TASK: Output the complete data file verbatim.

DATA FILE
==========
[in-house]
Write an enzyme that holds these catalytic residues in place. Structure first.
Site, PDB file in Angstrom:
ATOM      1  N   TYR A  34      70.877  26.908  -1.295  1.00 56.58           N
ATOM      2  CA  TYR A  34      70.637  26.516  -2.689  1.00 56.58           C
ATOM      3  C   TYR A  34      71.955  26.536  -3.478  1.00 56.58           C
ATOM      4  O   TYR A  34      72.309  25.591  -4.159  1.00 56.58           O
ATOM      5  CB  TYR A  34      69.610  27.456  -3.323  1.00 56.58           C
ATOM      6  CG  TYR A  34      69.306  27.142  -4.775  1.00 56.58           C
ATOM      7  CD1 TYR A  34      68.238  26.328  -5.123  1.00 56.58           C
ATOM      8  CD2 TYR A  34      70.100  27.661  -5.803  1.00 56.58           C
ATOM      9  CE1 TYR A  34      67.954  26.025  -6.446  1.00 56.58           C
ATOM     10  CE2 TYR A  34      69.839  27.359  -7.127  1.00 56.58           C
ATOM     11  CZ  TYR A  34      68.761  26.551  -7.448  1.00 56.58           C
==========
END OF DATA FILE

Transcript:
[in-house]
Write an enzyme that holds these catalytic residues in place. Structure first.
Site, PDB file in Angstrom:
ATOM      1  N   TYR A  34      70.877  26.908  -1.295  1.00 56.58           N
ATOM      2  CA  TYR A  34      70.637  26.516  -2.689  1.00 56.58           C
ATOM      3  C   TYR A  34      71.955  26.536  -3.478  1.00 56.58           C
ATOM      4  O   TYR A  34      72.309  25.591  -4.159  1.00 56.58           O
ATOM      5  CB  TYR A  34      69.610  27.456  -3.323  1.00 56.58           C
ATOM      6  CG  TYR A  34      69.306  27.142  -4.775  1.00 56.58           C
ATOM      7  CD1 TYR A  34      68.238  26.328  -5.123  1.00 56.58           C
ATOM      8  CD2 TYR A  34      70.100  27.661  -5.803  1.00 56.58           C
ATOM      9  CE1 TYR A  34      67.954  26.025  -6.446  1.00 56.58           C
ATOM     10  CE2 TYR A  34      69.839  27.359  -7.127  1.00 56.58           C
ATOM     11  CZ  TYR A  34      68.761  26.551  -7.448  1.00 56.58           C